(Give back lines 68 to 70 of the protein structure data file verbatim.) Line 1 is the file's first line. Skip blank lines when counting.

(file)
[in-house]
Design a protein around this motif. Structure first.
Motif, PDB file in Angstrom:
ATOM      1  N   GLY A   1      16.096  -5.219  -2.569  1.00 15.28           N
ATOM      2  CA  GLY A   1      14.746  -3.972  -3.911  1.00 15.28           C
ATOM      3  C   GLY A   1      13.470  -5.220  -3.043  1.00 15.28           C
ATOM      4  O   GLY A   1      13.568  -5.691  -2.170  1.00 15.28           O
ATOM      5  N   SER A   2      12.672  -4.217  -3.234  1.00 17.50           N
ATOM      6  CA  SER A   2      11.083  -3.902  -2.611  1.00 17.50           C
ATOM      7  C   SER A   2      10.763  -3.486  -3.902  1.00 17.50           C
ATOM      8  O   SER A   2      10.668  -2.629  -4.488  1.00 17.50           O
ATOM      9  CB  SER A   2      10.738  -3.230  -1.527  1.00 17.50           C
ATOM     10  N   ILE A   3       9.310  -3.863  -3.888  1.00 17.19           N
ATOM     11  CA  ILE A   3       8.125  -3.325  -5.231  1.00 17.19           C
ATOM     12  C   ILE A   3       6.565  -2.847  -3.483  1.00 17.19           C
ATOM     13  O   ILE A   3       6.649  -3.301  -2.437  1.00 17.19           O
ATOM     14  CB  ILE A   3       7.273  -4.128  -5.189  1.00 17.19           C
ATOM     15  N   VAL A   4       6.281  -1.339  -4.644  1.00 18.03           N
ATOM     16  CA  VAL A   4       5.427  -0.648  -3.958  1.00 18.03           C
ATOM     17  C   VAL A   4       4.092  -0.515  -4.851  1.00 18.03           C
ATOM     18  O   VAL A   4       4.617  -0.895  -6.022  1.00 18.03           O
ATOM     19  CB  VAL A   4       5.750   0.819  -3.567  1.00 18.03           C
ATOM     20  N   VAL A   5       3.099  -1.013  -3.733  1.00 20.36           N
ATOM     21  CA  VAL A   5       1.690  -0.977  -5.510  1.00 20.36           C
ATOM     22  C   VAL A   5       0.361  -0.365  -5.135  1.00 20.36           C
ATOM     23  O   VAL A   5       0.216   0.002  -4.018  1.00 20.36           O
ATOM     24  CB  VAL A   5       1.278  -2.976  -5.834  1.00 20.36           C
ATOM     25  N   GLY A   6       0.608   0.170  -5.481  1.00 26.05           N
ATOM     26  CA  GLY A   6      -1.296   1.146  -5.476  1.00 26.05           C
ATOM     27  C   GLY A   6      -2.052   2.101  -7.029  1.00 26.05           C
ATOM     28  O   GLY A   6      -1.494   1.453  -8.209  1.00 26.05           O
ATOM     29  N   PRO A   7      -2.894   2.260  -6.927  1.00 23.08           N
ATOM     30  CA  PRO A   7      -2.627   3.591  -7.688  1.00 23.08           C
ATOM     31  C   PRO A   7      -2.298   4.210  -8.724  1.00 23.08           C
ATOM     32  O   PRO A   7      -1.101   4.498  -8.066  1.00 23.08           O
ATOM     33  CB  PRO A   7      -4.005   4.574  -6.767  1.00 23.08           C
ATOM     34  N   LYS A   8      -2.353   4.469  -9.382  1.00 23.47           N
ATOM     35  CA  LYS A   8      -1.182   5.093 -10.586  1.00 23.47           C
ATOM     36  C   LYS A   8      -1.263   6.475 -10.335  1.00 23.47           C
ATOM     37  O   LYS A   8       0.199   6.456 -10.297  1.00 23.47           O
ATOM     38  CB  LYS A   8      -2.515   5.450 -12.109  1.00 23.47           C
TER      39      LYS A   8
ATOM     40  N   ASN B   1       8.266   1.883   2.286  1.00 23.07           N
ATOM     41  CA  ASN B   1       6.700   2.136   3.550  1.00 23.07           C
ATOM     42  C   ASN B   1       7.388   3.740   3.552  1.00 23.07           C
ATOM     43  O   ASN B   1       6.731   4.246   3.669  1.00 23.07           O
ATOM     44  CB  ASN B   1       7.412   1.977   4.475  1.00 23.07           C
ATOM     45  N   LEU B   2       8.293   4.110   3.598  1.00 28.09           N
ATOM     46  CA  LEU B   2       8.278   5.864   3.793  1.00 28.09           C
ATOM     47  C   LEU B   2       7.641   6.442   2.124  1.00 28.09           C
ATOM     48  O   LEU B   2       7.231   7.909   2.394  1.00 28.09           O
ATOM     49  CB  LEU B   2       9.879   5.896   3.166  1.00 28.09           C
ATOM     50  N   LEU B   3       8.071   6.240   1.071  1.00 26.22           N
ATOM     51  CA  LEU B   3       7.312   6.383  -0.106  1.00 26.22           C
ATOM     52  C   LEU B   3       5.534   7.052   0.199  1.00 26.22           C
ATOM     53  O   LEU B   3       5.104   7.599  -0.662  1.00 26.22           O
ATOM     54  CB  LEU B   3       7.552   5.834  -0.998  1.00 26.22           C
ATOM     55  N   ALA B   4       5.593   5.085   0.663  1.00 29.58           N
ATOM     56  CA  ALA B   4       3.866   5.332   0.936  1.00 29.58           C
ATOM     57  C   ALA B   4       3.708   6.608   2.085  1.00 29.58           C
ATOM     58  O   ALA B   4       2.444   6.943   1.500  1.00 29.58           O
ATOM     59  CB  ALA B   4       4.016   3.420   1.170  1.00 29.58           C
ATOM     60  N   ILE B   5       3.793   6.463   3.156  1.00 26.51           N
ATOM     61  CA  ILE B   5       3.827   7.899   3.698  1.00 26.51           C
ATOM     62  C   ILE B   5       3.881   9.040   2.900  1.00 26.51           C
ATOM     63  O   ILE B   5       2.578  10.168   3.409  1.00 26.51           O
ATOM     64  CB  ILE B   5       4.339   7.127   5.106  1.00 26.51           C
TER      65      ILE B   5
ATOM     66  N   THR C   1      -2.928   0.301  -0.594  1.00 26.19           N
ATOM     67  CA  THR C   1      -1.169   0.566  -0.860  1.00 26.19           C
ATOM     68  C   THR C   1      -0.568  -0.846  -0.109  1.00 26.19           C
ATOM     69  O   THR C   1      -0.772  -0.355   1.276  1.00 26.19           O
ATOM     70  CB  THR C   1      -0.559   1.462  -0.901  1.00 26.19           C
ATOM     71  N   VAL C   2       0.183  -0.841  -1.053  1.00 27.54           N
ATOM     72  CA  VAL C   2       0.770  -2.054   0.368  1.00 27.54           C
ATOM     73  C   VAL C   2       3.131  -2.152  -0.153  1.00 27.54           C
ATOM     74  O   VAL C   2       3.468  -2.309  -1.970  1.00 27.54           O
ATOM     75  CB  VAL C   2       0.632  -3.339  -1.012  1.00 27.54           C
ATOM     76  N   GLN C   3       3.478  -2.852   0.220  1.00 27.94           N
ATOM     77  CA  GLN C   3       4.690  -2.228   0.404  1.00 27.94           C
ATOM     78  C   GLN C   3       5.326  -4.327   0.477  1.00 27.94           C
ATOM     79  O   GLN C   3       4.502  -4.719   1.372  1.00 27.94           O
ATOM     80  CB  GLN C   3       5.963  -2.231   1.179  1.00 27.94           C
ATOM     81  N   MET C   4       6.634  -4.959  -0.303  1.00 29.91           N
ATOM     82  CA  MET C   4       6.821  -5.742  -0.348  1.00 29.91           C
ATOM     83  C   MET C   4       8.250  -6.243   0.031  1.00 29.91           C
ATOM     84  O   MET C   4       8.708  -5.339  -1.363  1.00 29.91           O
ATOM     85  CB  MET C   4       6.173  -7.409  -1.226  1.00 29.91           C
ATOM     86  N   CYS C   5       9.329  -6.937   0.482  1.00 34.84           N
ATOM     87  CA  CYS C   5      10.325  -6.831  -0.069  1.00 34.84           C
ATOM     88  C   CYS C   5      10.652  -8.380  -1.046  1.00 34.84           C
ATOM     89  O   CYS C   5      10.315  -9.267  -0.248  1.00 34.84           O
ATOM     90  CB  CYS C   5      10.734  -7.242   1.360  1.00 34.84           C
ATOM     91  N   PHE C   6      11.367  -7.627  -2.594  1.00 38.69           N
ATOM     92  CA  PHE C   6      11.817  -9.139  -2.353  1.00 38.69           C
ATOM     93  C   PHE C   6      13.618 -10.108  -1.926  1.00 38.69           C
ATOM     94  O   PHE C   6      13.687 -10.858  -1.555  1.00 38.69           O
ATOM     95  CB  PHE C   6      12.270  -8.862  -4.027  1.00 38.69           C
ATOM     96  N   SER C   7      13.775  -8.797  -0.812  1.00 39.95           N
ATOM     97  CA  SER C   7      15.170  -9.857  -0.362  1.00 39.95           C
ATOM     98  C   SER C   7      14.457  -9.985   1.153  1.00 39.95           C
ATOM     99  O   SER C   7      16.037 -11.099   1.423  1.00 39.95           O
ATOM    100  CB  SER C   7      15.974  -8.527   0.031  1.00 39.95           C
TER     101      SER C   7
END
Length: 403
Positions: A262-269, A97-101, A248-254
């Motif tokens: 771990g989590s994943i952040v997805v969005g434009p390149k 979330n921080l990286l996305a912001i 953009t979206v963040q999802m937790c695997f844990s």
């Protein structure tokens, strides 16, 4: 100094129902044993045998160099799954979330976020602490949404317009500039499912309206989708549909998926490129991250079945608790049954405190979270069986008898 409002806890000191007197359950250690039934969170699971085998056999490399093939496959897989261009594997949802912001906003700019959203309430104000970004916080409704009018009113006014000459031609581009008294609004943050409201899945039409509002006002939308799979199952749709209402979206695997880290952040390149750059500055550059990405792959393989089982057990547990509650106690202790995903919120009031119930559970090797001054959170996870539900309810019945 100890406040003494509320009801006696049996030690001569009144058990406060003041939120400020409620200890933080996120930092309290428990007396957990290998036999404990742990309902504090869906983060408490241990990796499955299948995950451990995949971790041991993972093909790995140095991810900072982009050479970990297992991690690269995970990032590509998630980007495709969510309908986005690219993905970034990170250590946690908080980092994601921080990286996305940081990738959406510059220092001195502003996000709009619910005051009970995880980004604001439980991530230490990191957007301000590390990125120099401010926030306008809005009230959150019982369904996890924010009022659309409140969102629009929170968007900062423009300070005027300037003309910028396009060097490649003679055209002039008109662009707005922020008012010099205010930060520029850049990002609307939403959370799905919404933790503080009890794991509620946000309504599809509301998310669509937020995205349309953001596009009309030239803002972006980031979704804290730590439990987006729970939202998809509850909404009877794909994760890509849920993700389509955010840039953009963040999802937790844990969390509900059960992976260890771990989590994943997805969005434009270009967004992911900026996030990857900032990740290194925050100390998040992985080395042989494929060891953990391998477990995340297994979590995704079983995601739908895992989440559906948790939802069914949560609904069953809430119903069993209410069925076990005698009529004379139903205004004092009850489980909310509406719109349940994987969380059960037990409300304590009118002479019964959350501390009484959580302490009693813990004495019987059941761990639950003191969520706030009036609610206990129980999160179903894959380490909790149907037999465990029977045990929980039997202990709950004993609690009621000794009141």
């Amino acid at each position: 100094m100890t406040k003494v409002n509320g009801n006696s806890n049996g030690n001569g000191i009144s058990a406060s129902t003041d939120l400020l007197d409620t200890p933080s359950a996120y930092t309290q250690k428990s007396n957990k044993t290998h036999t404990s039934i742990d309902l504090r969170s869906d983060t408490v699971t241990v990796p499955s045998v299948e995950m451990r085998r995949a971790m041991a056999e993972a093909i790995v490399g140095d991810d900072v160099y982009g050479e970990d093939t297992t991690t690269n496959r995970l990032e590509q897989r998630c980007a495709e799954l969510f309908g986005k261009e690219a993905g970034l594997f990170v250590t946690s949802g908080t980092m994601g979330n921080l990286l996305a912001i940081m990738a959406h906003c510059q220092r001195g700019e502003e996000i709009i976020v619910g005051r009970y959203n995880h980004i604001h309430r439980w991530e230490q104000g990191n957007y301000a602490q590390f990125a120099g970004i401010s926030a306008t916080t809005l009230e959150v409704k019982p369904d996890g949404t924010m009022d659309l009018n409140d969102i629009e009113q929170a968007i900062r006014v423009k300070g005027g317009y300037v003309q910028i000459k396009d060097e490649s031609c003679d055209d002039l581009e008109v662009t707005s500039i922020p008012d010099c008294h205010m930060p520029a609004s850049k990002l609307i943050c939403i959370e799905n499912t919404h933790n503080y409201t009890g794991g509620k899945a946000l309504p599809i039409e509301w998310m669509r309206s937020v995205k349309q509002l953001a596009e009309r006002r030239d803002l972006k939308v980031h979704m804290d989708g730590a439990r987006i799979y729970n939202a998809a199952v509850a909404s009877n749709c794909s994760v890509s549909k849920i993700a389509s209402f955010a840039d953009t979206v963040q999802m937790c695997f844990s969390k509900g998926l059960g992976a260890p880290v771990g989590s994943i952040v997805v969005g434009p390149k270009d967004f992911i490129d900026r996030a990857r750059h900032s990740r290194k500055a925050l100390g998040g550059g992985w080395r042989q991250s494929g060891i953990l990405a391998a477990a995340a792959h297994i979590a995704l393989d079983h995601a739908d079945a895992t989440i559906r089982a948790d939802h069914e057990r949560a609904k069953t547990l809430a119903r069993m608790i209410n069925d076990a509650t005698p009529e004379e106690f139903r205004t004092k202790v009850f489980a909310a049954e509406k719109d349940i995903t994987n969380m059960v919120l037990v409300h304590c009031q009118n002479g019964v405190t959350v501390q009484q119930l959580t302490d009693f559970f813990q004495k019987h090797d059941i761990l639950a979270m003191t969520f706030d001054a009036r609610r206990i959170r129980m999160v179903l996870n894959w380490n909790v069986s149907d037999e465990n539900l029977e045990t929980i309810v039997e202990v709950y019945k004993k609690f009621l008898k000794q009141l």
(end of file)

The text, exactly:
TER      65      ILE B   5
ATOM     66  N   THR C   1      -2.928   0.301  -0.594  1.00 26.19           N
ATOM     67  CA  THR C   1      -1.169   0.566  -0.860  1.00 26.19           C